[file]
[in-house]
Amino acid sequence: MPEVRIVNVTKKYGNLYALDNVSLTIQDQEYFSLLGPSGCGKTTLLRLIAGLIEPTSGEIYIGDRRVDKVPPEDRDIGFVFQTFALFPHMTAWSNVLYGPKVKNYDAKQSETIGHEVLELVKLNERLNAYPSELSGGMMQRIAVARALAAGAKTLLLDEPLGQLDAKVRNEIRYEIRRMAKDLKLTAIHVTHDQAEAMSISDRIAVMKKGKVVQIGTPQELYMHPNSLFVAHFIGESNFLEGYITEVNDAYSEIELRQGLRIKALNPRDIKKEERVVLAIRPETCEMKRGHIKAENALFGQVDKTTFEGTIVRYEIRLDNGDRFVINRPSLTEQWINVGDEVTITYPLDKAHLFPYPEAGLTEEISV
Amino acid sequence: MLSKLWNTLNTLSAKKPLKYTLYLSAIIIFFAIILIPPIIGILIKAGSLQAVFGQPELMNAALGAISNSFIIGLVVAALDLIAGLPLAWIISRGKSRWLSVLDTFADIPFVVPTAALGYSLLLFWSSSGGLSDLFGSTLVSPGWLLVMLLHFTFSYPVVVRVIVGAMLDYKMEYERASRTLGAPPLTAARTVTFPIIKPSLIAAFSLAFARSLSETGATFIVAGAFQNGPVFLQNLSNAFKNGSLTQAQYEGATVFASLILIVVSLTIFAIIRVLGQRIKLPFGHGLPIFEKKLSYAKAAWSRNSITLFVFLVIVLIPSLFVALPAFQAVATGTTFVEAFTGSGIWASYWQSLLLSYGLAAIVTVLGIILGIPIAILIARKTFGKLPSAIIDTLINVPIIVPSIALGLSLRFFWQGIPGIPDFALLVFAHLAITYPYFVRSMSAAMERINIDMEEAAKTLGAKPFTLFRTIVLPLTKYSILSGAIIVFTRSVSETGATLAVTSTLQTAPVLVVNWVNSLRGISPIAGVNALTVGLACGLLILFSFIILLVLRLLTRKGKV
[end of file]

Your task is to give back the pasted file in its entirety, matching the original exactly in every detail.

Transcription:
[in-house]
Amino acid sequence: MPEVRIVNVTKKYGNLYALDNVSLTIQDQEYFSLLGPSGCGKTTLLRLIAGLIEPTSGEIYIGDRRVDKVPPEDRDIGFVFQTFALFPHMTAWSNVLYGPKVKNYDAKQSETIGHEVLELVKLNERLNAYPSELSGGMMQRIAVARALAAGAKTLLLDEPLGQLDAKVRNEIRYEIRRMAKDLKLTAIHVTHDQAEAMSISDRIAVMKKGKVVQIGTPQELYMHPNSLFVAHFIGESNFLEGYITEVNDAYSEIELRQGLRIKALNPRDIKKEERVVLAIRPETCEMKRGHIKAENALFGQVDKTTFEGTIVRYEIRLDNGDRFVINRPSLTEQWINVGDEVTITYPLDKAHLFPYPEAGLTEEISV
Amino acid sequence: MLSKLWNTLNTLSAKKPLKYTLYLSAIIIFFAIILIPPIIGILIKAGSLQAVFGQPELMNAALGAISNSFIIGLVVAALDLIAGLPLAWIISRGKSRWLSVLDTFADIPFVVPTAALGYSLLLFWSSSGGLSDLFGSTLVSPGWLLVMLLHFTFSYPVVVRVIVGAMLDYKMEYERASRTLGAPPLTAARTVTFPIIKPSLIAAFSLAFARSLSETGATFIVAGAFQNGPVFLQNLSNAFKNGSLTQAQYEGATVFASLILIVVSLTIFAIIRVLGQRIKLPFGHGLPIFEKKLSYAKAAWSRNSITLFVFLVIVLIPSLFVALPAFQAVATGTTFVEAFTGSGIWASYWQSLLLSYGLAAIVTVLGIILGIPIAILIARKTFGKLPSAIIDTLINVPIIVPSIALGLSLRFFWQGIPGIPDFALLVFAHLAITYPYFVRSMSAAMERINIDMEEAAKTLGAKPFTLFRTIVLPLTKYSILSGAIIVFTRSVSETGATLAVTSTLQTAPVLVVNWVNSLRGISPIAGVNALTVGLACGLLILFSFIILLVLRLLTRKGKV